Clean energy research and development has seen huge gains since the Obama administration came into power in the United States government. The latest, and perhaps the largest, example of this to date is set to unfold in California’s Mojave Desert, it was announced today. The U.S. Department of Energy said it has conditionally awarded BrightSource Energy, a developer of utility-scale solar thermal power plants, more than $1.37 billion in loan guarantees under the American Recovery and Reinvestment Act to construct the world’s largest solar energy project.

The massive Ivanpah project, once fully completed by 2013, will reportedly nearly double the amount of American solar energy generated today. It will bring online three separate solar plants, which will together generate approximately 400 megawatts (MW) of electricity to be sold under separate contracts with Pacific Gas and Electric (PG&E) and Southern California Edison (SCE). It is estimated this project will produce enough clean energy to power 140,000 homes as well as provide nearly 1,000 union jobs at the peak of construction. It will also reportedly provide $400 million in local and state tax revenues, and produce $650 million in wages, over its first 30-year life.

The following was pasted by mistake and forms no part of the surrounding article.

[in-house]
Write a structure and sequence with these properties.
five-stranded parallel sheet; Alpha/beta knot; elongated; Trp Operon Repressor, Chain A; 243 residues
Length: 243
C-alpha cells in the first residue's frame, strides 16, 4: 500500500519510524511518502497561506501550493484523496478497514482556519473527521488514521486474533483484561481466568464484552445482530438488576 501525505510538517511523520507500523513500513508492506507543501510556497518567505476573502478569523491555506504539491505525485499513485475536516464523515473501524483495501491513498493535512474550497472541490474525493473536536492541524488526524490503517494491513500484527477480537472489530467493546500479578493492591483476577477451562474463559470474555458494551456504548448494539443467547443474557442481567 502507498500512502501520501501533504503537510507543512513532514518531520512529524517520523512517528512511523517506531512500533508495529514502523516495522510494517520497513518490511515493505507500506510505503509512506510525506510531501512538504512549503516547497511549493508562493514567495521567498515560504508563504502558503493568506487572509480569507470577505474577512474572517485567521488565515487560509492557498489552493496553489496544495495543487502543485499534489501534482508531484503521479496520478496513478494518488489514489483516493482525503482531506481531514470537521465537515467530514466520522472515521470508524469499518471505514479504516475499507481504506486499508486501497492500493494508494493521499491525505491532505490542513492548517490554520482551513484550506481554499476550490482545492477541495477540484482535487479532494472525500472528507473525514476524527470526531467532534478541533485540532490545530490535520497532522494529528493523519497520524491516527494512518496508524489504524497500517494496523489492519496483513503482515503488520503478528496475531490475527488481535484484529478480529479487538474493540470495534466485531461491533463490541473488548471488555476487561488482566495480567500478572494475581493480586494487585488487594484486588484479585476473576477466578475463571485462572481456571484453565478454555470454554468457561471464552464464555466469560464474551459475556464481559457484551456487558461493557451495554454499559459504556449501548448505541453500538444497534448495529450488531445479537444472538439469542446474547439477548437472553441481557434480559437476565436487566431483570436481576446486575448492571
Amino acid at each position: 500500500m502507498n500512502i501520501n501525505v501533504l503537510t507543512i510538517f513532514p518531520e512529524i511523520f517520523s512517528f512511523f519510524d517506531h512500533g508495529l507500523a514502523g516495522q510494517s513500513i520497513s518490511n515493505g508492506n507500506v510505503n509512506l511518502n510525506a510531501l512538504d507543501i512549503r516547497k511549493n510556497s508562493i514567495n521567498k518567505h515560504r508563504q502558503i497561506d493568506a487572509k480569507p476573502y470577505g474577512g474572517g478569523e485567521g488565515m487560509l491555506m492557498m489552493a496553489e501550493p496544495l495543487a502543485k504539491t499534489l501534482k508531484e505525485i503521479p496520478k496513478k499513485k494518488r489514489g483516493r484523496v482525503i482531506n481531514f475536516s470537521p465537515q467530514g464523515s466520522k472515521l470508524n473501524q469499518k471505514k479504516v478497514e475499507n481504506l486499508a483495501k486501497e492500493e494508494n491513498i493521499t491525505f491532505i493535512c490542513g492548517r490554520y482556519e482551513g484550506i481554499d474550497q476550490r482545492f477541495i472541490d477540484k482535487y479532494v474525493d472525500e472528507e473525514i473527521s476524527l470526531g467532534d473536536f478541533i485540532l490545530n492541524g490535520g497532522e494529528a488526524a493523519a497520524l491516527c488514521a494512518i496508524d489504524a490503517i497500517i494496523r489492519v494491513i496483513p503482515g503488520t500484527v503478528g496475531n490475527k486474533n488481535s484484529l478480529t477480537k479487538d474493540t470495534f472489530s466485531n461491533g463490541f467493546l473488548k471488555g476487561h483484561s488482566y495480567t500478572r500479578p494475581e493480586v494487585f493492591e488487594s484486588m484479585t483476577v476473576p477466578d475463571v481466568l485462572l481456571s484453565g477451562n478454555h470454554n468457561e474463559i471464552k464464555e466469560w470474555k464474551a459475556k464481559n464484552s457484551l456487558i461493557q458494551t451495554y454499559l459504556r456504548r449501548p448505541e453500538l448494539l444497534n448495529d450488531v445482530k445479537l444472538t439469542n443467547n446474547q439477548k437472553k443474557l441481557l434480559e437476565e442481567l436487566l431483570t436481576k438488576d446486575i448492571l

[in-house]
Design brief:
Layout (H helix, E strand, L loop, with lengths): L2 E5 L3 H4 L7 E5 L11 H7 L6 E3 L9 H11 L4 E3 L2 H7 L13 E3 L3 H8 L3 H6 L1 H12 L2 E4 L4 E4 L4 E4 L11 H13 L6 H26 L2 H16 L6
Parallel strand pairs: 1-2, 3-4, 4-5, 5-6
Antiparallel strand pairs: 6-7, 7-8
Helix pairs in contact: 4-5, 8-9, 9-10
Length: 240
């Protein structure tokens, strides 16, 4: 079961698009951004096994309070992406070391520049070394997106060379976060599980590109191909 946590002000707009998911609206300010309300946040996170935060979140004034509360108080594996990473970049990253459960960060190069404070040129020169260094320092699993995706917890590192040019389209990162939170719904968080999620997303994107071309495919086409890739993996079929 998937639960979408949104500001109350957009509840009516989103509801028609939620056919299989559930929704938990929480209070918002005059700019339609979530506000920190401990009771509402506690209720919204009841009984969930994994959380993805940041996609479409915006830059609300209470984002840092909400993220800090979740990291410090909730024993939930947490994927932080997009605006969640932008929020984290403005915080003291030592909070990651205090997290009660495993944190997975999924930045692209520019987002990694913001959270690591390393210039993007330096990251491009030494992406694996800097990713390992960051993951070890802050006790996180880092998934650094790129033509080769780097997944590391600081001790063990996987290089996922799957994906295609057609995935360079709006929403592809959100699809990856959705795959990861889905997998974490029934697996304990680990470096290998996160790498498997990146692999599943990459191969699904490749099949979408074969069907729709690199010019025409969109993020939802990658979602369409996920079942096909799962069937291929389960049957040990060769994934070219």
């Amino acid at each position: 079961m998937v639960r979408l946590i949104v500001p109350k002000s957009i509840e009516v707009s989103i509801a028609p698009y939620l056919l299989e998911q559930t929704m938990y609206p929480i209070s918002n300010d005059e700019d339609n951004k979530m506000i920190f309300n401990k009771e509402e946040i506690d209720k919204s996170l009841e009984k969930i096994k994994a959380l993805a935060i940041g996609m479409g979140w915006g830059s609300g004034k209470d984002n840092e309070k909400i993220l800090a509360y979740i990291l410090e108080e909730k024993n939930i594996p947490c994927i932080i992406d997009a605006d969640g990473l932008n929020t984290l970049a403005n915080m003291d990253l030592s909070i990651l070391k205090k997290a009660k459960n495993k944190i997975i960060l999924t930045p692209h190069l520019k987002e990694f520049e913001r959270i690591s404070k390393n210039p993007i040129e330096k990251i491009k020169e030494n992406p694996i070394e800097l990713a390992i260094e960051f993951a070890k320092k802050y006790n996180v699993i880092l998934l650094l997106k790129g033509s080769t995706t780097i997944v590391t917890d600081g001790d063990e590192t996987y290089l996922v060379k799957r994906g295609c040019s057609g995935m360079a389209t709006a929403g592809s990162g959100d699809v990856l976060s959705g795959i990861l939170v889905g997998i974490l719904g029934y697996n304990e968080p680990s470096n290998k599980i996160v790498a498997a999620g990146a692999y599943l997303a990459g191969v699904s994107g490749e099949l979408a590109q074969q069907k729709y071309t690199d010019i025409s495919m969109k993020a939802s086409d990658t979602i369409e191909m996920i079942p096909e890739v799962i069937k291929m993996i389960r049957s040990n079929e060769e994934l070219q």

Brightsource Ivanpah
image via BrightSource Energy

Environmental benefits of this project are said to include avoiding 400,000 tons of CO2 emissions per year and cutting major air pollutants by 85% compared to new natural gas-fired power plants. Partners with Brightsource on this project, besides the DoE and utilities, include Bechtel as the engineering, procurement and construction (EPC) contractor and Siemens as a provider for the “largest ever solar-powered steam turbine generator for the Ivanpah project.” Construction is slated to begin “in the second half of 2010 following issuance of permits by the California Energy Commission and the U.S. Department of the Interior’s Bureau of Land Management.”

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